While the official anniversary of the March on Washington for Jobs and Freedom isn’t until Wed, August 28th, a rally will be held this Saturday, August 24th at the Lincoln Memorial starting at 8 a.m. The rally will be followed by a march to the Martin Luther King memorial. Saturday’s rally is part of a week-long lead up to the 50th anniversary march.
As we wrote earlier, the themes of the original March on Washington are as relevant now as ever. Workers are still fighting for living wages and respect. Voting rights are under renewed attack. And, as a new Pew survey shows, many people feel little progress has been made towards racial equality.
The Pew report found that overall only 45 percent of all Americans say the country has made substantial progress toward racial equality and 49 percent say that much more remains to be done. Among African Americans, less than a third of found there was substantial progress toward racial equality and 79 percent said much more remains to be done.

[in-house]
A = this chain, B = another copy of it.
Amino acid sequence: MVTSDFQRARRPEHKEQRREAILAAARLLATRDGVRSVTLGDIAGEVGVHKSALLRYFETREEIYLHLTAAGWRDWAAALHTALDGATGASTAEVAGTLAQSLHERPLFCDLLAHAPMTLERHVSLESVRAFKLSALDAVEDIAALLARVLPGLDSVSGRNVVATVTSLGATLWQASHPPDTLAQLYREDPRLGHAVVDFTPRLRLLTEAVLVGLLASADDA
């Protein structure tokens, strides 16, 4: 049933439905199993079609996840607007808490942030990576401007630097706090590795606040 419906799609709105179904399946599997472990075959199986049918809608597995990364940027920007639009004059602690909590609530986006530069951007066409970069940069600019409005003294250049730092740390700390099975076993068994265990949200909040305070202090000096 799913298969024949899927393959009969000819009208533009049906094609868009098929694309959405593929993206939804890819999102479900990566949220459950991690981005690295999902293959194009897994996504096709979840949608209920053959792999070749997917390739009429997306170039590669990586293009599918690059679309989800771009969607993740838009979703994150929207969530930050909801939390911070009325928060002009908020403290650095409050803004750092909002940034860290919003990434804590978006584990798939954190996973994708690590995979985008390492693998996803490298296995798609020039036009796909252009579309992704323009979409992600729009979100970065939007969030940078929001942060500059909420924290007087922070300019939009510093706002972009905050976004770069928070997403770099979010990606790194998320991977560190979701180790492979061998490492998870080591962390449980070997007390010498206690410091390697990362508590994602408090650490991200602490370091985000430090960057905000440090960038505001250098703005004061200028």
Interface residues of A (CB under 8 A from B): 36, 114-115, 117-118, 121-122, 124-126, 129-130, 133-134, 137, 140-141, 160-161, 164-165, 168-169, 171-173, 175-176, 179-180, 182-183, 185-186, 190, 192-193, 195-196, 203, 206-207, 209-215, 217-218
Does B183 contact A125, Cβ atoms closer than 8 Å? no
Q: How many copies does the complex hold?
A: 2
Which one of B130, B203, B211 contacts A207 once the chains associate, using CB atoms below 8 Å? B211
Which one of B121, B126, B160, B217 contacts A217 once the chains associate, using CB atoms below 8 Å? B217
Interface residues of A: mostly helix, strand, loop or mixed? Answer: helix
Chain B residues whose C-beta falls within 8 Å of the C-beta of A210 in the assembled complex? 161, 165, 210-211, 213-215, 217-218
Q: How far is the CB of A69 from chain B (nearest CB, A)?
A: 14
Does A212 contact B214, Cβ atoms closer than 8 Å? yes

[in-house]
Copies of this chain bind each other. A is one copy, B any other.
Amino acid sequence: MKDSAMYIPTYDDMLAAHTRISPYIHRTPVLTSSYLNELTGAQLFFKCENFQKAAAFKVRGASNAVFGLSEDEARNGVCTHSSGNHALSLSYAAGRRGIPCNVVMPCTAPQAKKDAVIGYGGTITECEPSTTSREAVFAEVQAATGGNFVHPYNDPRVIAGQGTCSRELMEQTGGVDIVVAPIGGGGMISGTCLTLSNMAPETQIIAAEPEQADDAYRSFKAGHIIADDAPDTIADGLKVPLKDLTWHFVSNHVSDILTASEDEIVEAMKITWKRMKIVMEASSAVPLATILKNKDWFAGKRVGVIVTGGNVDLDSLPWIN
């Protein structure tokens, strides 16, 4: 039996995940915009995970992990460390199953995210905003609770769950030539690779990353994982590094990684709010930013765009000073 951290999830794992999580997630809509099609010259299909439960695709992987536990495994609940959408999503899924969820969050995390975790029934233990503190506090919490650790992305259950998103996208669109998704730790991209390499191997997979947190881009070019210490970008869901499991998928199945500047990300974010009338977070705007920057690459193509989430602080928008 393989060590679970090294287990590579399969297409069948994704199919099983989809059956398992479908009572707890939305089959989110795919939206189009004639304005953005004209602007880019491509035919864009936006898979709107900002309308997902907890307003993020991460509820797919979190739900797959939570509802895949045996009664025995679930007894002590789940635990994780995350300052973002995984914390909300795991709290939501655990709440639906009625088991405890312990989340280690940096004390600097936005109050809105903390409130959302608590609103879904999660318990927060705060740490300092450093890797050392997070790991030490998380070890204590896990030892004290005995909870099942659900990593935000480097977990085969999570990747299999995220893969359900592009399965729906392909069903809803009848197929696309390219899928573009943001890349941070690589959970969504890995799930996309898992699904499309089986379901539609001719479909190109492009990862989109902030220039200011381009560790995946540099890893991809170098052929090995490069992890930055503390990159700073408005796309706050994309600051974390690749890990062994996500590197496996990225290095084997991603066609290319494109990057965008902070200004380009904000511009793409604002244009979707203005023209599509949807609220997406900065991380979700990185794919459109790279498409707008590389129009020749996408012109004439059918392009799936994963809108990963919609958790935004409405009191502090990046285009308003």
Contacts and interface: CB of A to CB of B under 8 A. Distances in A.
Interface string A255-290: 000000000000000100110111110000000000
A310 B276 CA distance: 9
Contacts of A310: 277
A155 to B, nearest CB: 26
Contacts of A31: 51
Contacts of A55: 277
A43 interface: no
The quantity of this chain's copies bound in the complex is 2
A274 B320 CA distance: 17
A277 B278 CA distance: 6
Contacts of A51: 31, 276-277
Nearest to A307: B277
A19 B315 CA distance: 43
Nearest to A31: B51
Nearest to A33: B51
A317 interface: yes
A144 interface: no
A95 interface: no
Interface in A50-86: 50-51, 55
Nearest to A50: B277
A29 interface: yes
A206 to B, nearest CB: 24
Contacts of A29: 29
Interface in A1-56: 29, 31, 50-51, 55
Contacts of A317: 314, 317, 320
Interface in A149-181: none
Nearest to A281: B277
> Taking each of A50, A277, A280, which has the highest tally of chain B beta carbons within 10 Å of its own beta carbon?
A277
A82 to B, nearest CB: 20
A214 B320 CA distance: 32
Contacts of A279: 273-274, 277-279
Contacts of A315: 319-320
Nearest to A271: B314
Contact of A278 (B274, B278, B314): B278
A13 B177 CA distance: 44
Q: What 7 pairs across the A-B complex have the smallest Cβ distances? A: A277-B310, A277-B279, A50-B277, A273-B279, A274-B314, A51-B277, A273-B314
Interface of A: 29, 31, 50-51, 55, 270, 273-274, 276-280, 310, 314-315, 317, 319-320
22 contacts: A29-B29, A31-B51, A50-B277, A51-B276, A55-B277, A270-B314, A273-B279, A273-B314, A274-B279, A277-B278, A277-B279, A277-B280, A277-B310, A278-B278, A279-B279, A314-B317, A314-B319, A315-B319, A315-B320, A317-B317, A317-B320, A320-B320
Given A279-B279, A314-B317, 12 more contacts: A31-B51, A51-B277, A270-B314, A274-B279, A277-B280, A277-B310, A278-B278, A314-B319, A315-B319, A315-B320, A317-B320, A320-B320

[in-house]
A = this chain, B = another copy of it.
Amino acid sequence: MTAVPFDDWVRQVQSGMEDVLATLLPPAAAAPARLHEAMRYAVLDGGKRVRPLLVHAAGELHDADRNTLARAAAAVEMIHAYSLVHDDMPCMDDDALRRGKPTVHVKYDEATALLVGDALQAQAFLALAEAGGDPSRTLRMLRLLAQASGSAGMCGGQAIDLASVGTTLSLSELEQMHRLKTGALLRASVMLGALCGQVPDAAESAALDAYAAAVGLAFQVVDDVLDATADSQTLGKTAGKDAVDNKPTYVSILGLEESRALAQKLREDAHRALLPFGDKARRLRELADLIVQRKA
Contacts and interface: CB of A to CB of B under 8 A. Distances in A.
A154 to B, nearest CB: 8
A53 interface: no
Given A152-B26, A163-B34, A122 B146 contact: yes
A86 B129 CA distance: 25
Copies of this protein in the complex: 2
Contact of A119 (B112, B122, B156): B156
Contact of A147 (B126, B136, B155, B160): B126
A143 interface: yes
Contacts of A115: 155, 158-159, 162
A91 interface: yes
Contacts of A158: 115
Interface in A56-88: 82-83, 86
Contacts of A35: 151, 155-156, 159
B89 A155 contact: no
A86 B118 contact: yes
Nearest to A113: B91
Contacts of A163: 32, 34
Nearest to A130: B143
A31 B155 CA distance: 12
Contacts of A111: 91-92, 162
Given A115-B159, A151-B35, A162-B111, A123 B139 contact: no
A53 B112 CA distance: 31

Part of the reason African Americans are not as optimistic about progress toward racial equality may be because by some metrics, very little has changed in 50 years. As the graphs below show, the gap between White and Black median household income has actually widened over the past 50 years. The same trend is apparent for median household wealth.
Black households earn about 59 percent of what White households earn, which is actually a slight increase from 55 percent in 1967. However, the Black-White income gap has widened from roughly $19,000 in the late 1960s to about $27,000 now. The gap on household wealth has increased from $75,224 in 1984 to $84,960 in 2011. Black unemployment has also consistently been about twice that of Whites since the 1950s.
The sense of a lack of progress among African Americans has sharply decreased over even just the past few years. After a high of 39 percent in 2009, only 26 percent of Black people say their situation is better today that it was five years ago. Recovery from the Great Recession has been slow for anyone other than the financial industry and affluent, but it has been especially slow for people of color.
The Pew survey data shows how interconnected racial, social, and economic justice really are. It’s hard to feel that we are making progress on racial justice when people of color lag so behind in economic security. Indeed, little progress is being made. The activities surrounding the 50th anniversary of the March are more than just a remembrance. They are a renewed call to action.